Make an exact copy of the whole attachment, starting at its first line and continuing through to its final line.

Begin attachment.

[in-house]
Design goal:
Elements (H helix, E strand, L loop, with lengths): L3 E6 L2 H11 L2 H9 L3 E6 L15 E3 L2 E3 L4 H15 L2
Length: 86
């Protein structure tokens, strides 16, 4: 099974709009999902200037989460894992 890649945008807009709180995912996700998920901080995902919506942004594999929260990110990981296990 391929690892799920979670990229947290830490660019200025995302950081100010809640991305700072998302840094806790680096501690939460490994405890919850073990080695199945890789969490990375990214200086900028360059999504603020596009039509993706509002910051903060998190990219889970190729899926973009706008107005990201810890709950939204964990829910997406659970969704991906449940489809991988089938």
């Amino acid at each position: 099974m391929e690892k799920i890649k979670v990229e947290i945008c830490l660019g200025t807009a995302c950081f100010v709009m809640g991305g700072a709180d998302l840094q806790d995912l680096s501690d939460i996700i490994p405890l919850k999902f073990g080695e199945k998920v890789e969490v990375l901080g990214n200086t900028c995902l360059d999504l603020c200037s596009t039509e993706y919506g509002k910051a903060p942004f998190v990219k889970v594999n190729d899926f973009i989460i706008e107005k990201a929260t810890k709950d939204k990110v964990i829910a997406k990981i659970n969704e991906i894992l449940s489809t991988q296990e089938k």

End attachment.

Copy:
[in-house]
Design goal:
Elements (H helix, E strand, L loop, with lengths): L3 E6 L2 H11 L2 H9 L3 E6 L15 E3 L2 E3 L4 H15 L2
Length: 86
């Protein structure tokens, strides 16, 4: 099974709009999902200037989460894992 890649945008807009709180995912996700998920901080995902919506942004594999929260990110990981296990 391929690892799920979670990229947290830490660019200025995302950081100010809640991305700072998302840094806790680096501690939460490994405890919850073990080695199945890789969490990375990214200086900028360059999504603020596009039509993706509002910051903060998190990219889970190729899926973009706008107005990201810890709950939204964990829910997406659970969704991906449940489809991988089938």
């Amino acid at each position: 099974m391929e690892k799920i890649k979670v990229e947290i945008c830490l660019g200025t807009a995302c950081f100010v709009m809640g991305g700072a709180d998302l840094q806790d995912l680096s501690d939460i996700i490994p405890l919850k999902f073990g080695e199945k998920v890789e969490v990375l901080g990214n200086t900028c995902l360059d999504l603020c200037s596009t039509e993706y919506g509002k910051a903060p942004f998190v990219k889970v594999n190729d899926f973009i989460i706008e107005k990201a929260t810890k709950d939204k990110v964990i829910a997406k990981i659970n969704e991906i894992l449940s489809t991988q296990e089938k």